Not all definitions work with all tags. For the purposes of style, HTML tags fall into four general categories. The <body> tag, block level tags that have a line break before and after, such as headers and paragraphs; inline tags with no breaks like anchor tags and font tags; and image tags that have a height and width associated with them. What style definitions work with what kind of tag will become fairly obvious as you begin to work with styles, but in the beginning you may become frustrated with it.

The Bad News

Style sheets are recognized only by the newer versions of the browsers. Fortunately, the older versions just ignore them, and use the default settings for display.

A more annoying problem is that the major browsers, not surprisingly, have chosen to implement them differently. This means that you should check your pages on both Internet Explorer and Netscape, and also on a Macintosh and a PC, and be prepared for unexpected results.

One solution often used by commercial sites is to prepare two style sheets, one for Netscape and one for Internet Explorer, then use a browser detection script to provide the appropriate style to customer. For the rest of us, I think this is just too much work. Better solutions are to stick to the more universal properties that are supported by both browsers and avoid "browser specific" style definitions. Another is to first create your pages without styles and when it looks acceptable, add styles. This will mean it will "degrade" gracefully if displayed in an older browser.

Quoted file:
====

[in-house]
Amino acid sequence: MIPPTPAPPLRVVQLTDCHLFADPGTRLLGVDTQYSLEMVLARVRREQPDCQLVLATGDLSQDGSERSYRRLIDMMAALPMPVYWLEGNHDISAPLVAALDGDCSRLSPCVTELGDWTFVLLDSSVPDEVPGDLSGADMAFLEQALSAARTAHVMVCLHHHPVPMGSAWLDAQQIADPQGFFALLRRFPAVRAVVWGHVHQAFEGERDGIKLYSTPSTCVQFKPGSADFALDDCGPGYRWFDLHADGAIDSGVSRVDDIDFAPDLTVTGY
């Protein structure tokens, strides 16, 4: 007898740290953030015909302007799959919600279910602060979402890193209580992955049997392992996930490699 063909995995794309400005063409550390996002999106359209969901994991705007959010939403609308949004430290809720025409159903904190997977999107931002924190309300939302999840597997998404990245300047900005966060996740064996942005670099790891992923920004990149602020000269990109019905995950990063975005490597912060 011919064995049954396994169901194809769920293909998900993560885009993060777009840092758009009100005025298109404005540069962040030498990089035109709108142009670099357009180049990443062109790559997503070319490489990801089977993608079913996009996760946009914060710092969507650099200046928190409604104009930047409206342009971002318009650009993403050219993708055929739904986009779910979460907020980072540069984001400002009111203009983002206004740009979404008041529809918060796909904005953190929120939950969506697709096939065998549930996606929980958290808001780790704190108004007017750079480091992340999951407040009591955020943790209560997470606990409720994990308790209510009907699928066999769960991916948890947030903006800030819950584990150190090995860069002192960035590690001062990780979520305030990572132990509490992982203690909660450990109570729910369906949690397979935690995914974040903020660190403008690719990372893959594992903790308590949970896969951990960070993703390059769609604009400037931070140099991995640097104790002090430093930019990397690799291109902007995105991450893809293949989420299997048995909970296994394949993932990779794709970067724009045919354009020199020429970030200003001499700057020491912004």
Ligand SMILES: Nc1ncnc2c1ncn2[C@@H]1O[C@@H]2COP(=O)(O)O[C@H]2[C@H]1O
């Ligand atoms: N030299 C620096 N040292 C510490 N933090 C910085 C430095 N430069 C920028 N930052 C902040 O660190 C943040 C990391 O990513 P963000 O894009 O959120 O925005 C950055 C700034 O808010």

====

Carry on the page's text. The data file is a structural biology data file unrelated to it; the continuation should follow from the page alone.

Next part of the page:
Warning about closing tags

Until now, browsers haven't minded if you haven't closed tags for paragraphs with </P> or list items with </LI>, for example. With the emergence of style sheets and other possible web technologies down the road, however, it's critical to clearly define text elements this way, so it's a good practice to start doing this now - so you'll be prepared.

The syntax of style rules

Let's first look at how some example CSS rules are constructed:

H1 { font-size: 36 pt} All of the <H1> tags will be in 36 points in size
P {font-face: arial} All of the text enclosed within paragraph <P>......</P> will be in arial font. Since the size is not specified, it will default to whatever the browser normally specfies.

Some terminology

Selector {declaration} or Selector{property:value}

The two main sections of a rule are first the Selector, which identifies the tag to be modified, and the declaration, enclosed in curly brackets. The declaration itself is made up of two parts - the property and it's value, separated by a colon. The property is the parameter to be defined, such as font family or size, and the value can be a unit of measure, a color, or a predefined list. As the above examples declarations can contain more than one property, if they are separated by semicolons, as below.

Inline Styles just modify tags

The simplest way to apply a style to to simply add it to an individual HTML tag, such as:

<H1 STYLE= "color:blue"> This heading is blue </H>